TED Talks seems to be at the centre of everything that’s informative and inspiring: we’ve been pushed into action thanks to Casey Gerald’s ‘The Gospel of Doubt’, marvelled at the insight of Curtis ‘Wall Street’ Carroll and literally disappeared into a whole new world with Jordan Nguyen, all thanks to the careful gathering of some of the world’s most unique minds.
This Friday, the team is set to welcome a new group of TED stage alumni: daring, diverse and downright fascinating, the line-up for one of the year’s most highly anticipated thought-provoking event is the stuff of TEDxSydney dreams.
Here are the speakers we’ll be taking a seat for.
Mike Cannon-Brookes: cofounder and co-CEO of Atlassian
Anyone who can manage to top Australia’s Young Rich List for five years running is someone we’d want to hear from. Along with cofounder Scott Farquhar, the duo has taken its post-uni idea to a globally disruptive software business, all while creating an enviable company culture rooted in innovative thinking and team playing. Mike isn’t just a start-up idol, however – he’s also had hunkered-down chats with visionary Elon Musk over South Australia’s energy crisis, and been a fierce campaigner against Immigration Minister Peter Dutton’s changes to the 457 visa.
Mariam’s public advocacy against Islamophobia and xenophobia is the unfortunate result of her own personal experience of it: in 2015, the Afghani-refugee experienced a wave of abuse following anti-bigotry comments, but rather than driving her to quit, the fear of others fuelled the fire.
As an official ambassador for Welcome to Australia – and an unofficial ambassador for inclusion and acceptance – Mariam’s message is one we desperately need to hear in increasingly pressured political times.
Uncle Jack Charles: actor, musician, potter and performer
The award-winning actor and Aboriginal elder may be an icon of the Australian arts scene, but it’s his fascinating personal history that is sure to give his appearance on the TEDxSydney stage all the more impact. From the founding of the country’s first Aboriginal theatre company, Nindethana, in 1972 to more recent headlines that further highlight the continuing plight for equality of Indigenous Australians, Uncle Jack’s time on stage is certain to be memorable.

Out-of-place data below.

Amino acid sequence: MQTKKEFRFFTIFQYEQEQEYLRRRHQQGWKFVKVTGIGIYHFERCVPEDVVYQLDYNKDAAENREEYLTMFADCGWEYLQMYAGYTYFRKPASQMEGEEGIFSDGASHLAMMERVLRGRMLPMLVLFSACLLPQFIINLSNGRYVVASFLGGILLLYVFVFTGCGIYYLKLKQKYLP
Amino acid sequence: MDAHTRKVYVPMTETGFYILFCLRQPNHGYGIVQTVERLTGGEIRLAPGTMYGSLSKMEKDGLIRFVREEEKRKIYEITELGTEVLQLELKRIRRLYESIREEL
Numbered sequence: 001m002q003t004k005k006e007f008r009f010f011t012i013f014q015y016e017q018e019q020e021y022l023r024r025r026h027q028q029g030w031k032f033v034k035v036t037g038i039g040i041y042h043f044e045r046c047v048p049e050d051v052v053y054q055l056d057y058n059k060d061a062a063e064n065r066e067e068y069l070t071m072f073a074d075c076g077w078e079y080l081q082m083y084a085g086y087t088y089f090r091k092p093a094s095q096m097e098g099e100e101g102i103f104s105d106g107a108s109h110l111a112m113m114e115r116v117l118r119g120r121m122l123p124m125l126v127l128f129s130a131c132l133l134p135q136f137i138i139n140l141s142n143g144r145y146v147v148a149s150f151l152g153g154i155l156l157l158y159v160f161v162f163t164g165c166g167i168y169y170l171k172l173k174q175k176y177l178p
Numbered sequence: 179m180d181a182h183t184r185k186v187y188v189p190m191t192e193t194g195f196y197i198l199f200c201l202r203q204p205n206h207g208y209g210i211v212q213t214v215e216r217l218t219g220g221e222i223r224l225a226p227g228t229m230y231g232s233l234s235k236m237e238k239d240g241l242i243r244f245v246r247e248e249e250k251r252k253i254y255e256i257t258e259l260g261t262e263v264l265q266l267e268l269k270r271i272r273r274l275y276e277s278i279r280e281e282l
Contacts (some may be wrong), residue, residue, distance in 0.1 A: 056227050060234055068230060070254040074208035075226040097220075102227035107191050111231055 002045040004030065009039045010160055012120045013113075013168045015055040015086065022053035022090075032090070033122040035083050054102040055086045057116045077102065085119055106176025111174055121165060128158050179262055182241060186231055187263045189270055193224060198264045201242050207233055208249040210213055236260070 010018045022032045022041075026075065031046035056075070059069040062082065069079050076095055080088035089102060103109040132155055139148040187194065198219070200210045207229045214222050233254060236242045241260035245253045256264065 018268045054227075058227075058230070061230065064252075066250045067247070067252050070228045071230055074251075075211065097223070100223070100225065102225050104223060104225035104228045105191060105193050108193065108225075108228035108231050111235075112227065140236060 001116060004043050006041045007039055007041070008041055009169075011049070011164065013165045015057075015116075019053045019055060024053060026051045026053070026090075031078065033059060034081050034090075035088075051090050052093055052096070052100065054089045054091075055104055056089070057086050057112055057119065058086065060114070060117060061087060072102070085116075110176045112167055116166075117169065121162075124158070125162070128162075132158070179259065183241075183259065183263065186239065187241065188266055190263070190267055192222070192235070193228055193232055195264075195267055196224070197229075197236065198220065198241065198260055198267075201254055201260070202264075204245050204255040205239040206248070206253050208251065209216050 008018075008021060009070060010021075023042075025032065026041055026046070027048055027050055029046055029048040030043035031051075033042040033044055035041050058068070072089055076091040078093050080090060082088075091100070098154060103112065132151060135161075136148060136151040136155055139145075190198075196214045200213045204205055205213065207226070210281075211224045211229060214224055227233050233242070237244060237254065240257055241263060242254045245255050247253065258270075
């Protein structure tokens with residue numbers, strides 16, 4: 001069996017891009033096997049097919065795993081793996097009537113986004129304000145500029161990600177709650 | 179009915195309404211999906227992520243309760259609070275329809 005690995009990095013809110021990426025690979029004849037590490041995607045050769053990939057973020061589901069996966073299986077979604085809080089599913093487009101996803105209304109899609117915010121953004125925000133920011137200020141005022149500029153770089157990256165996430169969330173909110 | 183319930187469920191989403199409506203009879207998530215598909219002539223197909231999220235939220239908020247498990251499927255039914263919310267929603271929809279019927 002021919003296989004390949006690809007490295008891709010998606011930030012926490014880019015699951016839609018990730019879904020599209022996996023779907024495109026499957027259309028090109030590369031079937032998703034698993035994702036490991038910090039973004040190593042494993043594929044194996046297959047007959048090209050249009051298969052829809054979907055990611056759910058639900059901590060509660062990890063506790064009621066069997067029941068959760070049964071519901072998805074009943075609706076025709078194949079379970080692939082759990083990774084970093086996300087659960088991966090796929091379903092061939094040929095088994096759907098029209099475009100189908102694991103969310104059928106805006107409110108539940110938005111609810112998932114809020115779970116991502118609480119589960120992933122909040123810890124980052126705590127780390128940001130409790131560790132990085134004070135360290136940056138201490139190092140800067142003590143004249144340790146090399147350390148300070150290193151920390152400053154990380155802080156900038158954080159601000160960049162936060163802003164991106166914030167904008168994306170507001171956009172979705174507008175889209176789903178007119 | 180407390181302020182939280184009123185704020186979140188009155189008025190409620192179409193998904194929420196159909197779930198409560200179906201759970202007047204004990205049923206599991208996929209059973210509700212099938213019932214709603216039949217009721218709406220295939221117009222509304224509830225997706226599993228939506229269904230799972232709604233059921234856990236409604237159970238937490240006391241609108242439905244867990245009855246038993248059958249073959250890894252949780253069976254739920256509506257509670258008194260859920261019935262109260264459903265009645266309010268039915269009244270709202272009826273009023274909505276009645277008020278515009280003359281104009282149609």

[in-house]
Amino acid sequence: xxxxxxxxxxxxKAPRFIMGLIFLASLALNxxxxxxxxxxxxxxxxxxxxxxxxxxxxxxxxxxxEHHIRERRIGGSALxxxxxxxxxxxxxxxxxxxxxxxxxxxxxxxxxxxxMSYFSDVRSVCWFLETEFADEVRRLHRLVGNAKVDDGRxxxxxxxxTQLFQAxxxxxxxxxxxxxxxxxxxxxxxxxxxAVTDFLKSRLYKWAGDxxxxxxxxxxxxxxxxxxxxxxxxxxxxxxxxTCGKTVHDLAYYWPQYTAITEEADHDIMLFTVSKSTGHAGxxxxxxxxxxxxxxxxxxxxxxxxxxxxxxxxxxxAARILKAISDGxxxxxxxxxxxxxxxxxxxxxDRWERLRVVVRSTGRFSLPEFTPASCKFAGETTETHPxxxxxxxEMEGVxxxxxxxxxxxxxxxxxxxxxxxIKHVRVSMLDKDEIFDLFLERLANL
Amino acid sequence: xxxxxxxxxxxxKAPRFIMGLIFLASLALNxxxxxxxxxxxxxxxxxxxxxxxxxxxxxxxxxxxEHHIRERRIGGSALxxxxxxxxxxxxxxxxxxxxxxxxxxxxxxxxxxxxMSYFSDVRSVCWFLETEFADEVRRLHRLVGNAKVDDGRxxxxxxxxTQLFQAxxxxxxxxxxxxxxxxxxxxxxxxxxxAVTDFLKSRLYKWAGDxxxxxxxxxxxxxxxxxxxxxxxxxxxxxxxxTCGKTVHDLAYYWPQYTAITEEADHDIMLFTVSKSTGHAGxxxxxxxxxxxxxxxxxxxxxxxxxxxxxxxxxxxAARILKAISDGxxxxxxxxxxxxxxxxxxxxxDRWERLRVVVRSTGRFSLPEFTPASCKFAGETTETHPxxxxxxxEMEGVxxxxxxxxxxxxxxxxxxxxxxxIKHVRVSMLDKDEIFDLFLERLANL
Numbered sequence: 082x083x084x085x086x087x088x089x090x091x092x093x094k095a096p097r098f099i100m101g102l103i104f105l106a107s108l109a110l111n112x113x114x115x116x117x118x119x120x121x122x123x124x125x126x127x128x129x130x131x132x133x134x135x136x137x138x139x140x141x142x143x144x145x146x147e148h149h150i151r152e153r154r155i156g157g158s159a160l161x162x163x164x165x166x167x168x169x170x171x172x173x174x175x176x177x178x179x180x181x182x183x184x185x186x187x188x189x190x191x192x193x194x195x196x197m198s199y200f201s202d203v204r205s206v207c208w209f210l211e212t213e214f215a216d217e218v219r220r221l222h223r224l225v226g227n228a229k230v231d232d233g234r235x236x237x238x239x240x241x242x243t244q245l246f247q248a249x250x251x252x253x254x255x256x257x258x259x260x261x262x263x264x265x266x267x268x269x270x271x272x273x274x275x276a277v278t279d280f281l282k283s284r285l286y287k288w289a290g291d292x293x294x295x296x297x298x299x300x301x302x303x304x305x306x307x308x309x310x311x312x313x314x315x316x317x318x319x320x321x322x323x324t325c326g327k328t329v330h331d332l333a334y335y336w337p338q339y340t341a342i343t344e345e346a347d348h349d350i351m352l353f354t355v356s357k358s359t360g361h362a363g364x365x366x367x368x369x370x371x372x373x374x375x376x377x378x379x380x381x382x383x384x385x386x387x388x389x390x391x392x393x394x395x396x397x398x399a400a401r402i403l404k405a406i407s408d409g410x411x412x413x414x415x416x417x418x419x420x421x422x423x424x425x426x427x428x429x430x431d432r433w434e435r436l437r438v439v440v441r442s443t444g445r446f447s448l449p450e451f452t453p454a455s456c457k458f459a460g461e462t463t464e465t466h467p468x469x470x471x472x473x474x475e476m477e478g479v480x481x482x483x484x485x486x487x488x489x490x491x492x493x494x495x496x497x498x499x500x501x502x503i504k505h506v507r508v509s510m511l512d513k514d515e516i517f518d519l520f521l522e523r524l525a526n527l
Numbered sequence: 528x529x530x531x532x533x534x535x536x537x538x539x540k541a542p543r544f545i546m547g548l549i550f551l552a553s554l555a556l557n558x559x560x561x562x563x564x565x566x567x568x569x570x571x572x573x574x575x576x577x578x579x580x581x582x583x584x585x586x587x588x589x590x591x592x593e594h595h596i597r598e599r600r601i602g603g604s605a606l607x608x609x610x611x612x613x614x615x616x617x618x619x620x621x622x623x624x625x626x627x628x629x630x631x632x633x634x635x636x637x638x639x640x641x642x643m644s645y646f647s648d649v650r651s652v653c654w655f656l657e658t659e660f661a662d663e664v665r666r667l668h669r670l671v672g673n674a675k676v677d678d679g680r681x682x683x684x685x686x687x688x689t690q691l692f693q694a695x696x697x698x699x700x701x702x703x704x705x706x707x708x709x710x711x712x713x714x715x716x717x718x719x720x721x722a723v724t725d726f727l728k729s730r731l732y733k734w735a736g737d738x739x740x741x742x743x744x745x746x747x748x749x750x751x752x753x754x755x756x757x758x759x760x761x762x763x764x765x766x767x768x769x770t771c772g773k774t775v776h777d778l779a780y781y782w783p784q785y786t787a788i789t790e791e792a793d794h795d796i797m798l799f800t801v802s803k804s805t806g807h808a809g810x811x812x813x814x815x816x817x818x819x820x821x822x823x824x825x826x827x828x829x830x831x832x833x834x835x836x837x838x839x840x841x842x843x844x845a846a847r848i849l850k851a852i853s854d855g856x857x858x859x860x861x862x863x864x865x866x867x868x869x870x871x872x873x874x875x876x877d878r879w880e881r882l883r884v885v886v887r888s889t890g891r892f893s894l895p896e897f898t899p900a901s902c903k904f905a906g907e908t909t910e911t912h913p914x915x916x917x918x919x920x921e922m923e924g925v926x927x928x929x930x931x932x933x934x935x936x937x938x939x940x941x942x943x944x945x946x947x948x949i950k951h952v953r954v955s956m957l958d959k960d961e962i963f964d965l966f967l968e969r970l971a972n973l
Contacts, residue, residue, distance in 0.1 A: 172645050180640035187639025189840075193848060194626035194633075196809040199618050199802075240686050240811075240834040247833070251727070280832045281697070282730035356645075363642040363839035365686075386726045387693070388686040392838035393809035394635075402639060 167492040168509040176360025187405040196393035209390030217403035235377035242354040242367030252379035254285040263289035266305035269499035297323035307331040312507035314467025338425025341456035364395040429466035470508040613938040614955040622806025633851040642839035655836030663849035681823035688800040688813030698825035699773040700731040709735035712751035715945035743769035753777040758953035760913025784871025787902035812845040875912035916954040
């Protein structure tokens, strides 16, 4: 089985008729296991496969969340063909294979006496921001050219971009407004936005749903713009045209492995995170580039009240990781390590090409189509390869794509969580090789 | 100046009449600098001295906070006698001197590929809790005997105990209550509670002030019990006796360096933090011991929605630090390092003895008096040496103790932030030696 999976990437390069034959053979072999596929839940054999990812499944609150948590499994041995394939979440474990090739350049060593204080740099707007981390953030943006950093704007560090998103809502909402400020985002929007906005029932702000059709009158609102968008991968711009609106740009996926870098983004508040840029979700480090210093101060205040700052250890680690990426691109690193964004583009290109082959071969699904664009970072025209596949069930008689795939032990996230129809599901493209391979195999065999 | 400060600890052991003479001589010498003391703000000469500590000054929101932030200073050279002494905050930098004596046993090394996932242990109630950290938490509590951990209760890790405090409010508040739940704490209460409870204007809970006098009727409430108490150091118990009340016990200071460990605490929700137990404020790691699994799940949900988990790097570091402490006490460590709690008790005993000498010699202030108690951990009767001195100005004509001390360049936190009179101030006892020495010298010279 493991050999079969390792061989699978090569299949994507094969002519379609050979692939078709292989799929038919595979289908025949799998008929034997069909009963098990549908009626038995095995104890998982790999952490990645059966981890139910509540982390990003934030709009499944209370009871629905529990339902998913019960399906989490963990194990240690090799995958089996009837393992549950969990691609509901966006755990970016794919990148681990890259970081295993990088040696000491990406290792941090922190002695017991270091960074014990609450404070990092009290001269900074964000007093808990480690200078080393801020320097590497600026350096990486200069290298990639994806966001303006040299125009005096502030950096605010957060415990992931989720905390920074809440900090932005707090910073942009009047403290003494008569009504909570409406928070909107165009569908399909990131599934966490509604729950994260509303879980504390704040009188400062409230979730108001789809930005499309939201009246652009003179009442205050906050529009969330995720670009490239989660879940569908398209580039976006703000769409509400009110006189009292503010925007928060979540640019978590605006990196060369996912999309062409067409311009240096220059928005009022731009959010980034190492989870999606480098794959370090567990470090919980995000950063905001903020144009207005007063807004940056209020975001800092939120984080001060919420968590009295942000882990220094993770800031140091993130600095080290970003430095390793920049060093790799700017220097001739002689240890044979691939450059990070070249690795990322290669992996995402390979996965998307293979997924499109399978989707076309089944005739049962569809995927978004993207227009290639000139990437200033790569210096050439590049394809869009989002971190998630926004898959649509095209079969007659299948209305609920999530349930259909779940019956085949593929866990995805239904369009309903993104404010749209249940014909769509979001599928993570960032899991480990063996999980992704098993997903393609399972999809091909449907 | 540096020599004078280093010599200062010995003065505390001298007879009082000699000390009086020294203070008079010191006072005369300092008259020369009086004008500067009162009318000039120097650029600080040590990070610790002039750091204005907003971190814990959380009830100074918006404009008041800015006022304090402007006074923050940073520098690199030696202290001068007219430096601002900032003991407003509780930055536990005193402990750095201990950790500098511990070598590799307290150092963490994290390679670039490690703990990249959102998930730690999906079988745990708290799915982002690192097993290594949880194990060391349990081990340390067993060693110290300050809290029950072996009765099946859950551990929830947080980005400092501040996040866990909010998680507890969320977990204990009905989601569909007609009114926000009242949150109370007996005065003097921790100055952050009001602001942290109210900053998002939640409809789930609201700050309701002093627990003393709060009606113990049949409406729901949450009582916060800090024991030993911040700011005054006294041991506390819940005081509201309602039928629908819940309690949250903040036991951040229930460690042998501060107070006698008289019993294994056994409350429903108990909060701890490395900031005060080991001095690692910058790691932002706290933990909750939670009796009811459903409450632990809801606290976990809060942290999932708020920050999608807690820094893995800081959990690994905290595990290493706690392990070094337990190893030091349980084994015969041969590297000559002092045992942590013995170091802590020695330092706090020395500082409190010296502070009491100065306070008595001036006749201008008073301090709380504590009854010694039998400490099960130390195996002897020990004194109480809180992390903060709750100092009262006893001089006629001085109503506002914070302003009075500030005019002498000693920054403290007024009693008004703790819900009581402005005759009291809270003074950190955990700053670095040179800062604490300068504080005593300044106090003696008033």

In an era of intense media scrutiny, the work of this award-winning journalist proves the indelible importance of a fierce and focused reporter. Not only has Peter spent his 25-year-long career working for prestigious news organisations, such as the BBC, Reuters, CNN and Al Jazeera, but his work has also taken him into many an unfamiliar territory.
In 2013, Peter was arrested on terrorism charges in Cairo while working for Al Jazeera. His defiance in the face of personal injustice prevailed: smuggling letters out of his confinement that described his arrest as an attack on media freedom, a global media campaign was subsequently launched, Peter was released after 400 days in prison and he earned numerous deserved awards from the Walkley Foundation, the Australian Human Rights Commission and the International Association of Press Clubs.
Do you know where your super is being invested? Neither did oncologist Bronwyn, who discovered that it was several tobacco companies that were benefiting from her portfolio. In answer to her findings, Bronwyn decided to found Tobacco Free Portfolios, and has since contributed to the implementation of more than 40 per cent of pension funds implementing tobacco-free mandates. Her company also works with more than 100 financial organisations to combat the investment in tobacco companies.
TEDxSydney takes place on Friday 16 June at ICC Sydney. Book now at tedxsydney.com/2017